Obama’s Long Game on Torture?

By now you’ll have seen the four memos released by Barack Obama, detailing the Bush Administration’s formal adoption of torture into CIA/US government practice. I understand Obama’s reluctance to move against those who both enabled and perpetrated what was perhaps the biggest outrage in American politics of all time, and instead say he’s banned the practice once again and that the country has moved on. But this leaves us with significant problems:

1) It reenables the Nürnberg defence – ‘I was only following orders’. The Universal Declaration of Human Rights was drawn up precisely to end such a ludicrous way out. Human rights are always in effect and must be defended by everyone at all times and everywhere. If Obama truly does let these people off the hook he’s as big a threat to human rights as Bush was.

2) It makes a mockery of his insistence that the US is a nation of laws. It either is or it isn’t. If the law has been broken the perpetrators must be brought to justice – it doesn’t matter at all who they are.

The thing is he’s a brilliant man who knows all of this, so what’s really going on? My guess, or rather my hope is this – he wants the demand for investigation and prosecution to come from below, from the grassroots. Why else would he have made such a wishy washy statement like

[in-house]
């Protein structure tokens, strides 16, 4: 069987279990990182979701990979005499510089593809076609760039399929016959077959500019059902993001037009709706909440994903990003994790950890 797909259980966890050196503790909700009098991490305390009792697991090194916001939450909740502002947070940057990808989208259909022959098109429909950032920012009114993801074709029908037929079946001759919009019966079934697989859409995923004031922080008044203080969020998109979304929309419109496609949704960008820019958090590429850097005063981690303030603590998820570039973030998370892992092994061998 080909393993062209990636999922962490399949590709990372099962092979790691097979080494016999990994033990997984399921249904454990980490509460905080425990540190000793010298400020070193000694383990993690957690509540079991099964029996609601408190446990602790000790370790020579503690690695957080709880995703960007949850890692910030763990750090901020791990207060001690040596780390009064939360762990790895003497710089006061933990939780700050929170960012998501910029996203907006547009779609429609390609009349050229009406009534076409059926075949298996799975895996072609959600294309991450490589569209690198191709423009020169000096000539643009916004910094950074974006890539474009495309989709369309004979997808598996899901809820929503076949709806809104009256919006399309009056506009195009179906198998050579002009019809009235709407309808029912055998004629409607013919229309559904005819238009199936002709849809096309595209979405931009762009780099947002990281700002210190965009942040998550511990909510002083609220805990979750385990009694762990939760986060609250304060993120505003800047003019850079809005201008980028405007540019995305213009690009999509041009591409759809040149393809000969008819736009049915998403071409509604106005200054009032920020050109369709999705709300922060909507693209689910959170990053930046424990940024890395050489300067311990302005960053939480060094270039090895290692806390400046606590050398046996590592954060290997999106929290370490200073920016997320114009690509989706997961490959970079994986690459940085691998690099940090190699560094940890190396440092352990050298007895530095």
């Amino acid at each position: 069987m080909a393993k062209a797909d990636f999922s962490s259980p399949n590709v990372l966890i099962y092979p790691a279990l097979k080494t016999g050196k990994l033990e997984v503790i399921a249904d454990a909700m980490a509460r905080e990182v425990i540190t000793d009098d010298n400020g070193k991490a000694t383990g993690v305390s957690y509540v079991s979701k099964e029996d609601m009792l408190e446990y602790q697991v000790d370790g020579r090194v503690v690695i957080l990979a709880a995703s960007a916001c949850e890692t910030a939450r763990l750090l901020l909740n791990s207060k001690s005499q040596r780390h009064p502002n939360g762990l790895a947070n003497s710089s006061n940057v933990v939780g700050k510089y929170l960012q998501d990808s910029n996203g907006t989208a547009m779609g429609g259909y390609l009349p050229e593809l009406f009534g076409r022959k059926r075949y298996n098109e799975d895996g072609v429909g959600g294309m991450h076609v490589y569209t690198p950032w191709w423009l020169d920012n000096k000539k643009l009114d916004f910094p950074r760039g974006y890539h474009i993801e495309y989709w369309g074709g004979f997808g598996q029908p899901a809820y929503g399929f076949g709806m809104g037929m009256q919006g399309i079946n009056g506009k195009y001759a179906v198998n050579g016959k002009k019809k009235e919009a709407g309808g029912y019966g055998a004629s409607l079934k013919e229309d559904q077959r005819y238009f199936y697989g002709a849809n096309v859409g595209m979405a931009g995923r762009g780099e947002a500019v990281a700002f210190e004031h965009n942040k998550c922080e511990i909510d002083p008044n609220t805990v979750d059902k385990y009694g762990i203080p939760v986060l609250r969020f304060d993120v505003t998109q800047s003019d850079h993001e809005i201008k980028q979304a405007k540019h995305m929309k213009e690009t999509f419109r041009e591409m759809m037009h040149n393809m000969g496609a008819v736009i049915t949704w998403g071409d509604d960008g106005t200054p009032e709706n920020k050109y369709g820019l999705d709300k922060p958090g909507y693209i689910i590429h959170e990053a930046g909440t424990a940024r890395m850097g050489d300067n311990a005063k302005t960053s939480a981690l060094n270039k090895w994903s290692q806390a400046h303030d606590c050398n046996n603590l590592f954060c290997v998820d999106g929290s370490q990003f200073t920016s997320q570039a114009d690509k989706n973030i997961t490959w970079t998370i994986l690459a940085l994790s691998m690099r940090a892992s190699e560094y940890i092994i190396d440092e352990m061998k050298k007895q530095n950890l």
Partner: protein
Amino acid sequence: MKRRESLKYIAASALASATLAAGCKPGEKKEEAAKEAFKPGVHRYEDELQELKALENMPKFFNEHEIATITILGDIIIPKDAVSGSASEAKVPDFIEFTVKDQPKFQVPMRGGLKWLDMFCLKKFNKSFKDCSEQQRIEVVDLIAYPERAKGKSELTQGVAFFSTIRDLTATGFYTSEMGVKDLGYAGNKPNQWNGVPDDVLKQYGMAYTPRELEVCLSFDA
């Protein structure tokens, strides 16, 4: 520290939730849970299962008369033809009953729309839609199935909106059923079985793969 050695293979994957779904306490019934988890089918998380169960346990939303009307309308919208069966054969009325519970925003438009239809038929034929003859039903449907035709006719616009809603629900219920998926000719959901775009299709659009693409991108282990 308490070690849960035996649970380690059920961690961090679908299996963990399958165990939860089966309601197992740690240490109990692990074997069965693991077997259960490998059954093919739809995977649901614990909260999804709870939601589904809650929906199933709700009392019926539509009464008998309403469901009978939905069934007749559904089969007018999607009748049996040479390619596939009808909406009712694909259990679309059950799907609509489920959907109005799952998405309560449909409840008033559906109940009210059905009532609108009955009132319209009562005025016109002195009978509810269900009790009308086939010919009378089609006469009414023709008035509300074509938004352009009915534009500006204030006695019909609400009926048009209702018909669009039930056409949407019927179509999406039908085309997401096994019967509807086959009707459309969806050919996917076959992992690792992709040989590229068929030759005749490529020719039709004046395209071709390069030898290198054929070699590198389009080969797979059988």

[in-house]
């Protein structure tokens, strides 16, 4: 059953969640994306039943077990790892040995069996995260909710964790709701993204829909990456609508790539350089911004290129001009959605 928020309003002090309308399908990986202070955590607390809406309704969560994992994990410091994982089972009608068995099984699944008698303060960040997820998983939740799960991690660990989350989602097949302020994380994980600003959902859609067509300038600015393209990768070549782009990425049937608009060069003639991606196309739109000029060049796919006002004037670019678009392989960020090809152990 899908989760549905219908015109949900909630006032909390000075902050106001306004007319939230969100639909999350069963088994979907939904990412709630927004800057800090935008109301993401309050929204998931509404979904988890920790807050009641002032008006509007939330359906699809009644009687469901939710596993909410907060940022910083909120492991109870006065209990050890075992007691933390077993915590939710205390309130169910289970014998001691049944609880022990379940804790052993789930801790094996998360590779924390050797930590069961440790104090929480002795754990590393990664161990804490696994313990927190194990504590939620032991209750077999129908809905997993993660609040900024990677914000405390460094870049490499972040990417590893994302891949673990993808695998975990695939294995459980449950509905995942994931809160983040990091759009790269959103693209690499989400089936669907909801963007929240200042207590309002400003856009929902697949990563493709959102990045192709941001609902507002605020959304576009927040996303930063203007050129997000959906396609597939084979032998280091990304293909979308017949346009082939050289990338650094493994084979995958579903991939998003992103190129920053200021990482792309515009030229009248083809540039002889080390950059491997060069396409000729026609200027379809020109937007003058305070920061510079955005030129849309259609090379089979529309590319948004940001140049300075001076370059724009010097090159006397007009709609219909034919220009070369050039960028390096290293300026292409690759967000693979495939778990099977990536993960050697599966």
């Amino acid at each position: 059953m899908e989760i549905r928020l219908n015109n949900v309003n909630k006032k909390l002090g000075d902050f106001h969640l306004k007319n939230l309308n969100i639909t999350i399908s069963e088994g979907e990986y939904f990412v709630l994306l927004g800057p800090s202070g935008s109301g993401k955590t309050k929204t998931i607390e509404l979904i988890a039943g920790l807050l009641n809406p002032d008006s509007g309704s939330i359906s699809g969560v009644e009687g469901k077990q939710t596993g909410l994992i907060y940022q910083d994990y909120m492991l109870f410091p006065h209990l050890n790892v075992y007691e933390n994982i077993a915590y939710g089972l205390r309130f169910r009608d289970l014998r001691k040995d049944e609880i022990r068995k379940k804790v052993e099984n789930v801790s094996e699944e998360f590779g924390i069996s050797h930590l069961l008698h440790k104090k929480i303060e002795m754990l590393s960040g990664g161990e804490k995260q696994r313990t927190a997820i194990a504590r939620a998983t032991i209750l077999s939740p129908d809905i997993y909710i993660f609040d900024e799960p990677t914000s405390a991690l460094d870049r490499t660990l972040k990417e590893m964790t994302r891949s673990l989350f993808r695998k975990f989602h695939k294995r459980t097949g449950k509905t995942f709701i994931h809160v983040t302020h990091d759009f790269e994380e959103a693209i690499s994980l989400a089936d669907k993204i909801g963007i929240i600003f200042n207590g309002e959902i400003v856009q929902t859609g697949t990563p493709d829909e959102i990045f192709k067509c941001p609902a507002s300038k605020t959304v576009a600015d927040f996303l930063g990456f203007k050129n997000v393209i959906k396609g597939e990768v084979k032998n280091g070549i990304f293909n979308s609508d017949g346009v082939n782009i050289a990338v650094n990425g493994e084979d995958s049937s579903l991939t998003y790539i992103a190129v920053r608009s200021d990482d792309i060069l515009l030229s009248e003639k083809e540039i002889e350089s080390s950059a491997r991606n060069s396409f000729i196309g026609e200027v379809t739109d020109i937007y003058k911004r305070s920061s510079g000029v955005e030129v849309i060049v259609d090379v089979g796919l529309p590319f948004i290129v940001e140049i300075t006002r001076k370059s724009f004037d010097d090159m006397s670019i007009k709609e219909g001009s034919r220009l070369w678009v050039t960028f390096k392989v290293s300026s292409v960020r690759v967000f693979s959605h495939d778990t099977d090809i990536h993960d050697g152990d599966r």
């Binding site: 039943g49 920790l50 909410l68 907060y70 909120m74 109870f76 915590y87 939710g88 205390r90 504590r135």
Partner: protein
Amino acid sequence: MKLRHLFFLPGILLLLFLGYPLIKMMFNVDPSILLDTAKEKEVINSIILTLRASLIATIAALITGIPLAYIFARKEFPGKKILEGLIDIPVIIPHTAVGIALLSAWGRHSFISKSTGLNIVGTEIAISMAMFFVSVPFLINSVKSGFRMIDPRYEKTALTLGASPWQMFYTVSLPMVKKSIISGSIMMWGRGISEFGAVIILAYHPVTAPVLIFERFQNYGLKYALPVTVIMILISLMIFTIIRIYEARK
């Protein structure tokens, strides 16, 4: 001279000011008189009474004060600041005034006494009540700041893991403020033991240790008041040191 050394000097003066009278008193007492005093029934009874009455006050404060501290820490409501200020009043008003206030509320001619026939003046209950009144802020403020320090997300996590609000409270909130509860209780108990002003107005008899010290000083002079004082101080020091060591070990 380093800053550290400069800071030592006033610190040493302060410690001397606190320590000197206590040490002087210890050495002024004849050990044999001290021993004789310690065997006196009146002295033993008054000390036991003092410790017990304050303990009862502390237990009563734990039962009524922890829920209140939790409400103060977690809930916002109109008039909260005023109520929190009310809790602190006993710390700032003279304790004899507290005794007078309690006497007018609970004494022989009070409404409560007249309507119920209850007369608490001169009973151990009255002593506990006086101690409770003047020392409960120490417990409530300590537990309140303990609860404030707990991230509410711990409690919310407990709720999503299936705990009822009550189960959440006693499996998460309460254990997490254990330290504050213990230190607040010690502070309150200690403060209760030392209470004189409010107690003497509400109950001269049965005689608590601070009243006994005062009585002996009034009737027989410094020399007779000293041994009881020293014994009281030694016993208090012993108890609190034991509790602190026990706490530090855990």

This is a time for reflection, not retribution. I respect the strong views and emotions that these issues evoke. We have been through a dark and painful chapter in our history. But at a time of great challenges and disturbing disunity, nothing will be gained by spending our time and energy laying blame for the past. Our national greatness is embedded in America’s ability to right its course in concert with our core values, and to move forward with confidence. That is why we must resist the forces that divide us, and instead come together on behalf of our common future.

There’s nothing he can’t come back from here, should he feel ‘pressured’ by the public or Congress to do so. After all it’s the position he’s taken on gay marriage. It’s something he doesn’t agree with and doesn’t support, but should the public make it happen at grassroots level, as president he’ll support it. As Digby puts it:

I have to wonder if by releasing the memos they aren’t at least obliquely asking for the public to “make” them do it. They could have kept them secret, after all. If there were significant public pressure as well as pressure from congress, they would have enough cover to launch an investigation with the assurance they aren’t going to go the Bad Apple route.

I obviously have no idea whether they would welcome such a thing. But we should do it anyway.

(via Andrew Sullivan)

Keep your fingers crossed. It’s an odd, and dangerous long game to play if that’s what he’s doing. But make no mistake this must not be allowed to go away, and my hope would be that if there needed to be a compromise for reasons Obama alludes to elsewhere in his statement, that it was the officials who enabled this who were prosecuted. Speaking of whom…


2 responses to “Obama’s Long Game on Torture?

  1. Pingback: Obama’s Long Game on Torture: Part 2 « Cosmodaddy

  2. Pingback: Obama: A Nicer Bush? « Cosmodaddy

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